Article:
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David H Van Thiel

David H Van Thiel

Advanced Liver and Gastrointestinal Disease Center, USA

Title: Subsequent clinical exocrine pancreatic insufficiency, a disease requiring recognition and therapy

Biography

David Van Thiel is a Gastroenterologist in Berwyn, Illinois. He is affiliated with multiple hospitals in the area, including Rush Oak Park Hospital and Rush University Medical Center. He completed his Medical degree from David Geffen School of Medicine at UCLA and has been in practice for 39 years. He is one of the 21 doctors at Rush Oak Park Hospital and one of 25 doctors at Rush University Medical Center who has specialization in Gastroenterology. He completed his Graduation from University of California at Los Angeles. He has obtained board certification from the member board for Internal Medicine and Hepatology.

 

Abstract

Gastroesophageal reflux is a condition that occurs when gastric (GERD) or gastroduodenal (EDRD) content refluxes into the esophagus.  Depending upon the degree to which duodenal secretions contaminate the gastric refluxate the refluxed material can be acidic (pH less than 4 for gastric reflux), mildly acidic (pH ranging between 4 but < 7, mildly ascitic), or alkaline (pH greater or equal 7).  The patient's symptoms are a reflection of the degree of tissue inflammation plus or minus tissue injury (erosions or ulceration) produced rather than the specific nature of the refluxed material.  Continued uncontroled/chronic reflux leads to the complications of GERD/GDRD consisting of inflammation that can progress to erosions, ulcerations, or scarring (stricture), mucosal metaplasia (Barrett's esophagus) or adenocarcinoma.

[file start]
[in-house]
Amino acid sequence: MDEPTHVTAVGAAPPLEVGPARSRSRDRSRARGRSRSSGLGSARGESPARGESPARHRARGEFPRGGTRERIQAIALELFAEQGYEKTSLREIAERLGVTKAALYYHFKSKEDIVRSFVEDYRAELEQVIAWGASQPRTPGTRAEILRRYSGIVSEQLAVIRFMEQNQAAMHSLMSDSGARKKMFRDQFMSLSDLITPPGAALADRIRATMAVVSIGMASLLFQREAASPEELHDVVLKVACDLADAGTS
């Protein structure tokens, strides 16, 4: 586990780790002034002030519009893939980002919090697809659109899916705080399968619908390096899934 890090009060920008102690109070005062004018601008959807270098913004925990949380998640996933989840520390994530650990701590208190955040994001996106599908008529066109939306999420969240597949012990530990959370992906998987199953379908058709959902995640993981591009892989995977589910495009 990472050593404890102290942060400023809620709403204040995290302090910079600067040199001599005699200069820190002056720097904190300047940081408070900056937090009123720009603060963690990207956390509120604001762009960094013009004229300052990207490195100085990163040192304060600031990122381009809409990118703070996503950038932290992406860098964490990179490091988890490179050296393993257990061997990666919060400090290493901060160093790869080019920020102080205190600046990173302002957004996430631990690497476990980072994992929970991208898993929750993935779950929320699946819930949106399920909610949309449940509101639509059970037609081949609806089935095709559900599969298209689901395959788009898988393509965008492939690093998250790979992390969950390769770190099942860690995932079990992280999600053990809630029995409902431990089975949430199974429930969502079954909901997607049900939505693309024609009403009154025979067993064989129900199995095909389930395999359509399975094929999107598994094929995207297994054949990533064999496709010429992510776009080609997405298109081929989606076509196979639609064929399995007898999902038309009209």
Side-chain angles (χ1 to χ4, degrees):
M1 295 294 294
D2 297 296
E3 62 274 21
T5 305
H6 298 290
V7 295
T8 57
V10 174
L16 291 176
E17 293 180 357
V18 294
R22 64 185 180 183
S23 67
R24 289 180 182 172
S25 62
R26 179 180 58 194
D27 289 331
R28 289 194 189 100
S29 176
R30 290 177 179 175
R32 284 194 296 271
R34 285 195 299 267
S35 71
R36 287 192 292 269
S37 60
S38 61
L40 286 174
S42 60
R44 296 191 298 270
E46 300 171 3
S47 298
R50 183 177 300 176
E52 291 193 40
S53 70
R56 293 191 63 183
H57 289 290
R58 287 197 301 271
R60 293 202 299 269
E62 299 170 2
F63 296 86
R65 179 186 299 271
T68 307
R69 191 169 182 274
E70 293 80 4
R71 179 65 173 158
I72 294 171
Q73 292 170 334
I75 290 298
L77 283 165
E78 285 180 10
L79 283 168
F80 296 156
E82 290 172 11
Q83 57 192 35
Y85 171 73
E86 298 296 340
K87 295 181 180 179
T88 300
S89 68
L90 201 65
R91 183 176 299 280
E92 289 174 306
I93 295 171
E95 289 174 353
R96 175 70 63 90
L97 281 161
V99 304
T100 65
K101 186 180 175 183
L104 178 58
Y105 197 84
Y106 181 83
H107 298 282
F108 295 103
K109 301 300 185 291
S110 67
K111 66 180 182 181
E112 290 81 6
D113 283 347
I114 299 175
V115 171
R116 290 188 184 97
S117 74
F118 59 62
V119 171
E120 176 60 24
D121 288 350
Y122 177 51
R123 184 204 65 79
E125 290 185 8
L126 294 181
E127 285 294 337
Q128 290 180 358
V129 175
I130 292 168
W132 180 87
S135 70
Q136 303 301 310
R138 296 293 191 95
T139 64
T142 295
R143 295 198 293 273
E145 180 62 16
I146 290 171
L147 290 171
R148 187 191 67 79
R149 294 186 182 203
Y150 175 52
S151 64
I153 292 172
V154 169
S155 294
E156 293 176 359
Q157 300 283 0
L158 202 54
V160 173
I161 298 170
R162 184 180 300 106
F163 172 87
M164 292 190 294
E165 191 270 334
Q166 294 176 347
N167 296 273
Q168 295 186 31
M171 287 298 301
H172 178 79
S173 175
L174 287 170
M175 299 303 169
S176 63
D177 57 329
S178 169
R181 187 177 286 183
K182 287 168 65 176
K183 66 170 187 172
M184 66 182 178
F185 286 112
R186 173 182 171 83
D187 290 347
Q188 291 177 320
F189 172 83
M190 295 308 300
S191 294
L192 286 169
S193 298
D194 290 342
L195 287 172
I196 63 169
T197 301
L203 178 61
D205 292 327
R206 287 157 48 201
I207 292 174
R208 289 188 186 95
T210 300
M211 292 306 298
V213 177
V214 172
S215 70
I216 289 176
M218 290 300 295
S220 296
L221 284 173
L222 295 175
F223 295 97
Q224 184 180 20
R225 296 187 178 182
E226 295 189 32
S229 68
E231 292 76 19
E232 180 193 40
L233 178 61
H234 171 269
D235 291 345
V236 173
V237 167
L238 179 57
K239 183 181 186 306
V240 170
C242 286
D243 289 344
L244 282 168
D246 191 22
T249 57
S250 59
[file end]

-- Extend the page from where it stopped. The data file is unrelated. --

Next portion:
GERD is a common disorder with a world prevalence that somewhat between 10 and 30% of the population being less commonly seen in Asia as compared to Europe or the Americas.  Clinical GERD is estimated to be seen in 7% of the population is  manifested as  ‘ heartburn" and accounts for 4% of the visits to primary care physicians and is the most common reason for referral to gastroenterologist.

Complicated GERD is manifested by “alarm signals” consisting of weight loss, odynophagia, dysphagia, regurgitation, anemia and a variety of extra- esophageal symptoms ascribed to GERD consisting of hoarseness, laryngitis, bronchitis, dental enamel erosion, otitis media, sinusitis, pseudo- angina, sleep dysfunction, asthma, pneumonitis, and pulmonary fibrosis.  In addition, as a consequence of the almost universal use of proton pump inhibitors for the treatment of GERD an increase in cases of community-acquired and hospital-acquired pneumonia have been reported in the elderly as a direct consequence of the reduction in the acid secretion by the stomach and the resultant increase in viable gastric microbial concentrations.